The project


On 1st October 2021 LIFE PINNA, the European project set up to save the fan mussel Pinna nobilis, kicked off.
The largest bivalve mollusc in the Mediterranean Sea, a species that lives only in our seas and plays a precious role in coastal ecosystems, is critically endangered after an epidemic decimated its population in 2016.

The project LIFE20 NAT/IT/001122 PINNA “Conservation and re-stocking of the Pinna nobilis in the western Mediterranean and Adriatic sea” has a duration of 4 years, is co-financed through the European Union financial instrument LIFE program. In addition to protecting and monitoring the surviving populations, it aims to recover the species in its reference habitats.
It is developed in five regions  (4 Italian and 1 Slovenian) and combines the skills of several entities: ARPAL (Regional Agency for the Protection of the Environment of Liguria) as coordinating beneficiary, Asinara National Park, National Institute of Biology, Shoreline Cooperative society, Triton Research Srl, University of Genoa and University of Sassari as beneficiaries.

The LIFE Program and Natura 2000 network

The LIFE program is the instrument used by the European Union to support projects for the conservation of nature and the environment, in particular for the protection of biodiversity, the fight against climate change and the transition to clean energy and the circular economy.
LIFE has been operational since 1992 and so far has funded over 5 thousand projects that have promoted action plans and disseminations plans, techniques and innovative approaches, to update and  develop the legislation and environmental policies of the European Union.
Over the years, many LIFE projects have concretely contributed to improving the projection of endangered habitats and species, including the brown bear, the monk seal, the wolf and hundreds of birds at risk.
LIFE projects regularly involves Natura 2000 network, an organised system of thousands of sites designed to conserve the European Union’s biodiversity, and in particular to protect habitats (forest, grasslands, rocky environments, wetlands, well-preserved coastilnes) and rare and threatened animal and plant species.

Objectives and results

The primary aim of the project is to monitor and protect the surviving individuals of Pinna nobilis in the western Mediterranean and Adriatic Sea but also to develop captive breeding techniques to restock some specific areas with disease-resistant individuals. This new operational methodology can be then replicated to restock other areas of the Mediterranean that have now remained unguarded by large bivalves.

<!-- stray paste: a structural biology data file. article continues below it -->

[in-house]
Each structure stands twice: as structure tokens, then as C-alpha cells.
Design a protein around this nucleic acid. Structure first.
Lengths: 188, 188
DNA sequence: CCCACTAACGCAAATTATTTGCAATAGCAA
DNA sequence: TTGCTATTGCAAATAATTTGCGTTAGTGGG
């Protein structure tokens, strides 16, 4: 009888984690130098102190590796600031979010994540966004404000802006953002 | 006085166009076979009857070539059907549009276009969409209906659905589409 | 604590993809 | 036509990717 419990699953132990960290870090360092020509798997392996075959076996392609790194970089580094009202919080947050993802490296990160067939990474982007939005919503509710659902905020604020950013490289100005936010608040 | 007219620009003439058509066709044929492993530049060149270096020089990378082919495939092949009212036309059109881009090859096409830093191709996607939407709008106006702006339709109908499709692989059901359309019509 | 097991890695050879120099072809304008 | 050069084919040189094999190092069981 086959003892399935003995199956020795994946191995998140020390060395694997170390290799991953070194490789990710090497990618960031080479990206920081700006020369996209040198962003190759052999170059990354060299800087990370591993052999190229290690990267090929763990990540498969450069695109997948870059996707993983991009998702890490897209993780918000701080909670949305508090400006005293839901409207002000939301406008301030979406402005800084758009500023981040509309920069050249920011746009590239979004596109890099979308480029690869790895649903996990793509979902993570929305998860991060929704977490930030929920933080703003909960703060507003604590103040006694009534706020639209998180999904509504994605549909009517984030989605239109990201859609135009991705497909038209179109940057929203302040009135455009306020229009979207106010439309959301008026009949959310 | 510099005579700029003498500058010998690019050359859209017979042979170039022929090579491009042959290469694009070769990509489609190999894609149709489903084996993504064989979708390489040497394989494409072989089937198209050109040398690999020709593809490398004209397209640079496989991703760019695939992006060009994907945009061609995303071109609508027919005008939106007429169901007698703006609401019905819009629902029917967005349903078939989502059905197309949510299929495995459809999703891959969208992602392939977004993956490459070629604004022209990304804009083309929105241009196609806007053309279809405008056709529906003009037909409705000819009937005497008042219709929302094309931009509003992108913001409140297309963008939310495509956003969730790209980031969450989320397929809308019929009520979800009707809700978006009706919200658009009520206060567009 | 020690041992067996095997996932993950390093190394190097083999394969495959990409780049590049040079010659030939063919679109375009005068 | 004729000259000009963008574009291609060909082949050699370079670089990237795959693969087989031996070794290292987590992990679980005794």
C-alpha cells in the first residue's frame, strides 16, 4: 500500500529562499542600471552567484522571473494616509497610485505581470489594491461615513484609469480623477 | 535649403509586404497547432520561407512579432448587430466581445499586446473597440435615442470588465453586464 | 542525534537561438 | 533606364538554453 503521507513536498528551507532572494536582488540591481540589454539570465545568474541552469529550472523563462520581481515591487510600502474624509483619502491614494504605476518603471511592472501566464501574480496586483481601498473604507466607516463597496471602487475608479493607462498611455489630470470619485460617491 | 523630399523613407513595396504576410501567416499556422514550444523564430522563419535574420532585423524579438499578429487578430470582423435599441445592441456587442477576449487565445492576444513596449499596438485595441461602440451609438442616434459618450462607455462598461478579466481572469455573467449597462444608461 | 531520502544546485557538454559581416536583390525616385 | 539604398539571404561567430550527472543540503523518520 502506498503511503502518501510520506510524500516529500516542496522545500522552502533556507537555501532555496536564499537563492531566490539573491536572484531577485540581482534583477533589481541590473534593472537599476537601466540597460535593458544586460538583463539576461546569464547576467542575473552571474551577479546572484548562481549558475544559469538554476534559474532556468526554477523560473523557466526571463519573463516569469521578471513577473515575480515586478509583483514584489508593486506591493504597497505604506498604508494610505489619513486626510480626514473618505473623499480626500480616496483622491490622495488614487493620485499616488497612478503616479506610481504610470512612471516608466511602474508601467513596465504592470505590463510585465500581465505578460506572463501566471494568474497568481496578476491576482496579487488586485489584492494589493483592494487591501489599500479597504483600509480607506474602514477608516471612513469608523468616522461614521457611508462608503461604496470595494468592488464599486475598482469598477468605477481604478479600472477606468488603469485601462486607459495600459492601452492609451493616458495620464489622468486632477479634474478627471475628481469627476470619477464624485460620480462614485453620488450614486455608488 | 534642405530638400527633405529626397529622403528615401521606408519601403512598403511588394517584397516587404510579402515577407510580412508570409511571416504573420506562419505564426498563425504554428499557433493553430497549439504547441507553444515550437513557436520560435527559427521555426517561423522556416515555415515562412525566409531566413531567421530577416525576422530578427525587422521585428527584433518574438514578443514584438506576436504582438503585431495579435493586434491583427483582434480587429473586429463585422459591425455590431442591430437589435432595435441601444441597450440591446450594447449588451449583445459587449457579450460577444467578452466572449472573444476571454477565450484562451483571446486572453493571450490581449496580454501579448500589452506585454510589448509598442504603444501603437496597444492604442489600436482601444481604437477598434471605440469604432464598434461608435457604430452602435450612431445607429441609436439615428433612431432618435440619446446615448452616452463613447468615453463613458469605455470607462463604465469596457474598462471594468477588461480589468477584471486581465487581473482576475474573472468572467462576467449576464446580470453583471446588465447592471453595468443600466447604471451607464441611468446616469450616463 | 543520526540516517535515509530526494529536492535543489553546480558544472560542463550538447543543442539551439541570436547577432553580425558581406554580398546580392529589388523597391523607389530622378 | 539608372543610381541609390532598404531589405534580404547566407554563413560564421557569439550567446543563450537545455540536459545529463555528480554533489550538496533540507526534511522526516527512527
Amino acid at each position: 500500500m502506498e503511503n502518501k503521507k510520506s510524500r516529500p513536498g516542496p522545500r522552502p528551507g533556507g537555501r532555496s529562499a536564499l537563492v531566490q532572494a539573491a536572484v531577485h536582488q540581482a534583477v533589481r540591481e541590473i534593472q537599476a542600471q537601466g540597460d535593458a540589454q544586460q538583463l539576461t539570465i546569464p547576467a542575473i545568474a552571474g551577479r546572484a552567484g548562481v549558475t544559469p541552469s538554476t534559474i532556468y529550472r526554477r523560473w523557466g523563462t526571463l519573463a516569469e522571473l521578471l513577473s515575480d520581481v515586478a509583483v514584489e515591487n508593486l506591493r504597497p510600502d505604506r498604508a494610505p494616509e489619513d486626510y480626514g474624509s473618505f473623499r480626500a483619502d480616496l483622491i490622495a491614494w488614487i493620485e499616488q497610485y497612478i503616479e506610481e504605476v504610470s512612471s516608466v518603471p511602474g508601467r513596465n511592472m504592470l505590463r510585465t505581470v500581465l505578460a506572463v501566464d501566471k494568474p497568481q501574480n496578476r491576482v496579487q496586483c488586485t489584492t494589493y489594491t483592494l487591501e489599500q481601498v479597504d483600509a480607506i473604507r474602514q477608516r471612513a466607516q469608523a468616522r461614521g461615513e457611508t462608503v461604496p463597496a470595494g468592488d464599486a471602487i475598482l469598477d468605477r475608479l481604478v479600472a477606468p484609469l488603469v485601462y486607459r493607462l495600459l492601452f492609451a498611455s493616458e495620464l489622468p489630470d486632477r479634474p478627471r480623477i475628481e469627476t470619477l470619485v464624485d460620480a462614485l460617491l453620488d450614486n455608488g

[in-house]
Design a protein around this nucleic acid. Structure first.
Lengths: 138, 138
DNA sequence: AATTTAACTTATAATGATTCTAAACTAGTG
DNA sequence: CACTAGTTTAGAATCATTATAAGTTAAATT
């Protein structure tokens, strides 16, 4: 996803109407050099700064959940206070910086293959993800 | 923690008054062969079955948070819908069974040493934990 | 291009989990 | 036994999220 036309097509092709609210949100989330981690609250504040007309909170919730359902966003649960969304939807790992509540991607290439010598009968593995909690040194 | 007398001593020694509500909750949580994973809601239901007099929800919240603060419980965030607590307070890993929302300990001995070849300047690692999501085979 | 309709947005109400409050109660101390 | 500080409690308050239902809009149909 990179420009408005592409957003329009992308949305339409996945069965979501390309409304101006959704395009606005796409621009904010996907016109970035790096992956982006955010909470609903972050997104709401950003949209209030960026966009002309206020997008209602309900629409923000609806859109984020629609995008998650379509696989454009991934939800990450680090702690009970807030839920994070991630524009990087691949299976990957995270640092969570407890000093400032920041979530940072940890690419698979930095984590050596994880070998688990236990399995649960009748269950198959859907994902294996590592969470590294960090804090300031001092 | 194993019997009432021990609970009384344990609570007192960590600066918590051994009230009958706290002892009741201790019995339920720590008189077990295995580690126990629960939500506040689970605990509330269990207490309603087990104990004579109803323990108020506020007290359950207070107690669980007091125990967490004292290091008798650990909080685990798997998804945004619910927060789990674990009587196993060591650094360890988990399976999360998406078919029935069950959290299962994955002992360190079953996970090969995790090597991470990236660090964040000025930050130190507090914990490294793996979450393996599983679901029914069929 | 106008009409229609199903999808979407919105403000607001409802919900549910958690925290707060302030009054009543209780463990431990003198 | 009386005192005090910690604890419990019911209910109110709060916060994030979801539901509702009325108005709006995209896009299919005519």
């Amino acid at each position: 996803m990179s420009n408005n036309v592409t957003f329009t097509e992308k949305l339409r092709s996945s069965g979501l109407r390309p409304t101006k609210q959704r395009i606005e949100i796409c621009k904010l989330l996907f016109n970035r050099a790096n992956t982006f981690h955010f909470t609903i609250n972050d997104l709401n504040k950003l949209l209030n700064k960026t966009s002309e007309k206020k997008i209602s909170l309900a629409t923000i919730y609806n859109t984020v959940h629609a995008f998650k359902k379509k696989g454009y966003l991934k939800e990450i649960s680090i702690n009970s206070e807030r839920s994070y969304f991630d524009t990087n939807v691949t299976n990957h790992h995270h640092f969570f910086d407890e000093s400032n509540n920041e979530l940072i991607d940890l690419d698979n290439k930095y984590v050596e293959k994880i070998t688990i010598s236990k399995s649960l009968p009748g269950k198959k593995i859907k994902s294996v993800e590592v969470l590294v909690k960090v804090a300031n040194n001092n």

More in details, in a first phase the project involves the environmental and health assessment of the most suitable habitats for the species (selected in the north west of Liguria, in the north-west of Sardinia and in the Upper Adriatic) and of the specimens of sea castanets still alive.
An accurate analysis, including genetic analysis, will be carried out to understand the reasons for their resistance to diseases and identify the best candidate to generate offspring, of those to be reproduced in the laboratory, an operation never carried out before with this species.

In a second phase the larvae of the resistant Pinna nobilis, mostly coming from the Upper Adriatic, will be grown in captivity until the young molluscs are ready to be transported and reintroduced on the seabed of the four “pilot area”, that is, the sites considered suitable for restocking (Marine Protected Areas of Capo Mortola, Asinara, Miramare and Strunjan in Slovenia). The most suitable areas will have already been identified thanks to molecular analysis, conducted at regular intervals on other small bivalves, called “sentinels”, to signal in advance the possible presence of dangerous viruses, bacteria and protozoa.
These actions not only have local interest, because, as mentioned, the project is designed to be replicated in other contexts, thanks to the development of operational protocols for all phases, from monitoring to captive breeding, up to reintroduction into the wild.

To support the research, dissemination activities are planned, which also include a naturalistic documentary and “citizen science” initiatives, aimed at involving divers in monitoring the species.

The great ambition is, therefore, to block the decline of Pinna nobilis, and then open the way to a reversal of the trend throughout the Mediterranean in just a lustre.

Images from Canva and Alamy